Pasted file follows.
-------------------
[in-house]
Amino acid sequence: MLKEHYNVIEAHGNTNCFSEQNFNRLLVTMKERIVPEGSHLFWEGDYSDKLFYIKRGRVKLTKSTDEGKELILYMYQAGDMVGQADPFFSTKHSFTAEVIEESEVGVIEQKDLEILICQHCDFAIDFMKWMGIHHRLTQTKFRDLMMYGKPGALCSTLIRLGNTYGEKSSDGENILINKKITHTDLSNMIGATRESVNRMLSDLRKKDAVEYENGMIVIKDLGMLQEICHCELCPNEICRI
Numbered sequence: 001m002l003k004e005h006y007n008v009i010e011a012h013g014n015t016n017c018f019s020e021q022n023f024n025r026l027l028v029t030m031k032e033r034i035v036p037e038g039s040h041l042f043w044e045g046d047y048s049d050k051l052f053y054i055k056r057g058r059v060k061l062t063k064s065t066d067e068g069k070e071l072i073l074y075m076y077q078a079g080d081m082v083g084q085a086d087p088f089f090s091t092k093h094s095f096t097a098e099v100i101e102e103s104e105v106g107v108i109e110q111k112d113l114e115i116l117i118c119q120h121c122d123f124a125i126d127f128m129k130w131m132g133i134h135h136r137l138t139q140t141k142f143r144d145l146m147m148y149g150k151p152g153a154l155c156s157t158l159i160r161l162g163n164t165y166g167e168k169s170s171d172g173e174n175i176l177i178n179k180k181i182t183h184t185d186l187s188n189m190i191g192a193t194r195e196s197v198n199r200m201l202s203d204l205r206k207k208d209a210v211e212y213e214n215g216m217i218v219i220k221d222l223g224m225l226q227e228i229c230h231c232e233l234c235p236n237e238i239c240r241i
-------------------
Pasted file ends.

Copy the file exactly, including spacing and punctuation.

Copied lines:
[in-house]
Amino acid sequence: MLKEHYNVIEAHGNTNCFSEQNFNRLLVTMKERIVPEGSHLFWEGDYSDKLFYIKRGRVKLTKSTDEGKELILYMYQAGDMVGQADPFFSTKHSFTAEVIEESEVGVIEQKDLEILICQHCDFAIDFMKWMGIHHRLTQTKFRDLMMYGKPGALCSTLIRLGNTYGEKSSDGENILINKKITHTDLSNMIGATRESVNRMLSDLRKKDAVEYENGMIVIKDLGMLQEICHCELCPNEICRI
Numbered sequence: 001m002l003k004e005h006y007n008v009i010e011a012h013g014n015t016n017c018f019s020e021q022n023f024n025r026l027l028v029t030m031k032e033r034i035v036p037e038g039s040h041l042f043w044e045g046d047y048s049d050k051l052f053y054i055k056r057g058r059v060k061l062t063k064s065t066d067e068g069k070e071l072i073l074y075m076y077q078a079g080d081m082v083g084q085a086d087p088f089f090s091t092k093h094s095f096t097a098e099v100i101e102e103s104e105v106g107v108i109e110q111k112d113l114e115i116l117i118c119q120h121c122d123f124a125i126d127f128m129k130w131m132g133i134h135h136r137l138t139q140t141k142f143r144d145l146m147m148y149g150k151p152g153a154l155c156s157t158l159i160r161l162g163n164t165y166g167e168k169s170s171d172g173e174n175i176l177i178n179k180k181i182t183h184t185d186l187s188n189m190i191g192a193t194r195e196s197v198n199r200m201l202s203d204l205r206k207k208d209a210v211e212y213e214n215g216m217i218v219i220k221d222l223g224m225l226q227e228i229c230h231c232e233l234c235p236n237e238i239c240r241i